Even as Los Angeles County's median home price continued to break records in May, the number of homes sold often a leading indicator of a looming market correction continued to drop.
The $550,000 countywide median price for existing homes in May was 16 percent higher than a year earlier and 1 percent higher than the previous month, according to data provided to the Business Journal by HomeData Corp., a Mellville, N.Y. company that tracks housing prices nationwide.
Even so, clouds are on the horizon.
There were 8,949 homes sold last month, 17 percent fewer than a year ago. And the 35,558 homes sold to date this year is off 15 percent from the first five months of 2005.
The drop in sales volume has contributed to an accumulating inventory of available homes which are staying on the market longer. The California Association of Realtors estimates that as of April, homes in L.A. County were staying on the market a median 35 days, compared to 25 days a year ago. There was 5.6 months of inventory in the overall Los Angeles market in April, compared to just two months' worth a year ago.
Six months worth of inventory is generally considered a balanced market for both buyers and sellers. A hot topic among real estate professionals at a statewide CAR meeting in Sacramento last week centered on the challenges of convincing sellers to lower their expectations.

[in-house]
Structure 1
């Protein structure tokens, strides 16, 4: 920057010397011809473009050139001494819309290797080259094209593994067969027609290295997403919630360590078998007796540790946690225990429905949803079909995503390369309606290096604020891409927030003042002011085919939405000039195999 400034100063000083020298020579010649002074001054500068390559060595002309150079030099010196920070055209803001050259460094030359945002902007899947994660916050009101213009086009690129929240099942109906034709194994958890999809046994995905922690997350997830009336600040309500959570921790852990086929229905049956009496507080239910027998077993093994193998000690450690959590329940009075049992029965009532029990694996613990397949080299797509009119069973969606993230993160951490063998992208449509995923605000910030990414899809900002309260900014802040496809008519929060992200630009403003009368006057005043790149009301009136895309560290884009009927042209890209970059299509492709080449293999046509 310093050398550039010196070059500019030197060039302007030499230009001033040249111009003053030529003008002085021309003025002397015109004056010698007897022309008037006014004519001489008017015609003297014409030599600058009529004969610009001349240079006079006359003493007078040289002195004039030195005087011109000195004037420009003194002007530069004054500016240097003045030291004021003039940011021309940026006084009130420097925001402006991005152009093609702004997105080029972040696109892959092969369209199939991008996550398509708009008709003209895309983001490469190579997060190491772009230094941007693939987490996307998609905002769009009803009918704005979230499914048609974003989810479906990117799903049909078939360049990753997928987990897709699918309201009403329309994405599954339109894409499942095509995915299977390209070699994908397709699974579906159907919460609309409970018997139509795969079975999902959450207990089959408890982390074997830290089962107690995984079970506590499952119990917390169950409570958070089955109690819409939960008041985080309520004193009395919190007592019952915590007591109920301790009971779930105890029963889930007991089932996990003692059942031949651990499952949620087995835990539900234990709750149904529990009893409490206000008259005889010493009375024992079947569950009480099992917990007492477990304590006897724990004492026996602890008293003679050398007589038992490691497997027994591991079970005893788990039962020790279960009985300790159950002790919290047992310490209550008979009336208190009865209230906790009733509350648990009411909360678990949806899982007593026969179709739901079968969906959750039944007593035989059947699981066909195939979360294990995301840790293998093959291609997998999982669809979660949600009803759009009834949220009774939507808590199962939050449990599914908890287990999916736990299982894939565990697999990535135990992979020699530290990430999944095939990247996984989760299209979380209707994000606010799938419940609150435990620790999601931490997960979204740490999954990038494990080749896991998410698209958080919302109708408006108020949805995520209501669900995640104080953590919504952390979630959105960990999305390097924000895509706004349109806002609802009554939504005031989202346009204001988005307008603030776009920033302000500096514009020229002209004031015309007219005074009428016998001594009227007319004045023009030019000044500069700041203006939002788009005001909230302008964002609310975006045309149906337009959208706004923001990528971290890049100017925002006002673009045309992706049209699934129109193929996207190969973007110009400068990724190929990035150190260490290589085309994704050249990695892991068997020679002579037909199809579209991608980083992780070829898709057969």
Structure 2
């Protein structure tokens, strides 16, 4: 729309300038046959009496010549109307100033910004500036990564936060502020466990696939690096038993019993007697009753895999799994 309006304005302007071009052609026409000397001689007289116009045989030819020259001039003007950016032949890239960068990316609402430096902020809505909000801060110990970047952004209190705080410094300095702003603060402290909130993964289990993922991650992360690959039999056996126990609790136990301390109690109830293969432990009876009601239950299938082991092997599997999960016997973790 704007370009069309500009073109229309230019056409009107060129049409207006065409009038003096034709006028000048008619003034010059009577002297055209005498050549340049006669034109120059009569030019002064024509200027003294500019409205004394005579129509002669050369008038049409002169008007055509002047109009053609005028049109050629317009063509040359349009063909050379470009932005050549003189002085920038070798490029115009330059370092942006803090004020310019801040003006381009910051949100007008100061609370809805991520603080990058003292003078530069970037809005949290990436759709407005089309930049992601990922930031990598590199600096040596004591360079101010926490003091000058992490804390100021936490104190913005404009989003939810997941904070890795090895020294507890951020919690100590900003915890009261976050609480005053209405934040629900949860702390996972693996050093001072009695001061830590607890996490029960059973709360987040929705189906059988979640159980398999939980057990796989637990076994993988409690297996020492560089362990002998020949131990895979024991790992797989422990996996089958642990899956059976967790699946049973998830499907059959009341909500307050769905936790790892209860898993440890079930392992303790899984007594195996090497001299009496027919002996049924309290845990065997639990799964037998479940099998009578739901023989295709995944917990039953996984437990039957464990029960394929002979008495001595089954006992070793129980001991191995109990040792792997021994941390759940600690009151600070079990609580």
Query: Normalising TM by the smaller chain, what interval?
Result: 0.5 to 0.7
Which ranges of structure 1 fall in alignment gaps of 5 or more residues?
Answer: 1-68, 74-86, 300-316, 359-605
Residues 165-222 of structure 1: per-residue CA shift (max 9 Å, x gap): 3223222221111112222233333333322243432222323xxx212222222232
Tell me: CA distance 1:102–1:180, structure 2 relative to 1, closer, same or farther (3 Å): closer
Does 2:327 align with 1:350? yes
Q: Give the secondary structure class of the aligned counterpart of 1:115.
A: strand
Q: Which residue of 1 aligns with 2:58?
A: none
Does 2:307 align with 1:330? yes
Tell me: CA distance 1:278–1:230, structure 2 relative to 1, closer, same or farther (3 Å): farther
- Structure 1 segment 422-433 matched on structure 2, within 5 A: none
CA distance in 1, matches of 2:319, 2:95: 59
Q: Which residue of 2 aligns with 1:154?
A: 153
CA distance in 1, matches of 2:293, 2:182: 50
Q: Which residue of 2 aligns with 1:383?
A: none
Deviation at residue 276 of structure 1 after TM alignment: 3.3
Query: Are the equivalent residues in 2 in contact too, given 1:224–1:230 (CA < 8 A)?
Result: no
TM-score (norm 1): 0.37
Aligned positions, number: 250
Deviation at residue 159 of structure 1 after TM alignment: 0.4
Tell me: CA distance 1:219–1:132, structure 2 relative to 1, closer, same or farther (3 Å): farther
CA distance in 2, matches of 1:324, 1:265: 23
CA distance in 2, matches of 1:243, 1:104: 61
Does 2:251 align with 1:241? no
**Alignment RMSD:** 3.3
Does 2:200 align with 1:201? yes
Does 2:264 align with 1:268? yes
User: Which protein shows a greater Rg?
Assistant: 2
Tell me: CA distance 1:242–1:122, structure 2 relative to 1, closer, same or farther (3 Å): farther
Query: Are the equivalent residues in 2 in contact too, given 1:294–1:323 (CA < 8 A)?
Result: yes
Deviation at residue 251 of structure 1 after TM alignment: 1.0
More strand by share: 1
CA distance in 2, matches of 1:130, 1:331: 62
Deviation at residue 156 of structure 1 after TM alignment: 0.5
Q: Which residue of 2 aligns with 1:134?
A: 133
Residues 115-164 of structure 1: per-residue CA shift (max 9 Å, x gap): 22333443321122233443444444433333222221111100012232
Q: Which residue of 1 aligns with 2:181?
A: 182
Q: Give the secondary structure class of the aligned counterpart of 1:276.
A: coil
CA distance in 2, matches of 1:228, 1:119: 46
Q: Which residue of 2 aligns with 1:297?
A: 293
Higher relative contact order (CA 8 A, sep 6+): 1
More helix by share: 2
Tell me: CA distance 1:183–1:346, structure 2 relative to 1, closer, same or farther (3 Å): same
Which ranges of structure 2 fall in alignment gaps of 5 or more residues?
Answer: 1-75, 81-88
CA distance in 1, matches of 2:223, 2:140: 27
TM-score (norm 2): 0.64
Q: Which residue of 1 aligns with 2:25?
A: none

"We've transitioned to a slower market," said Leslie Appleton-Young, the association's chief economist. "But you've got a situation where sellers are still tied to prices that would have been appropriate a year ago, when inventory was significantly lower."
May sales volume was up 25 percent from April as the market gears up for summer, typically the biggest sales months.
"Once we have the full second quarter numbers in, we'll have a better idea of how we're doing, going into the peak selling season," said Patrick Duffy, managing director of consulting for Costa-Mesa-based Hanley Wood Market Intelligence. "But we're coming off what historically were very high numbers, which were fueled by low interest rates. It was going to be hard to maintain that."
The drop off in sales is even being seen in the affordable Antelope Valley's Lancaster, whose three ZIP codes have accounted for 5 percent of the county's total sales volume. In May, sales were off 10 percent from a year ago, though the median price continued to appreciate by double digits, up 21 percent in the 93534 and 93535 ZIP codes and by 17 percent in the 93536 ZIP, which had the highest median price in that city at $380,000.
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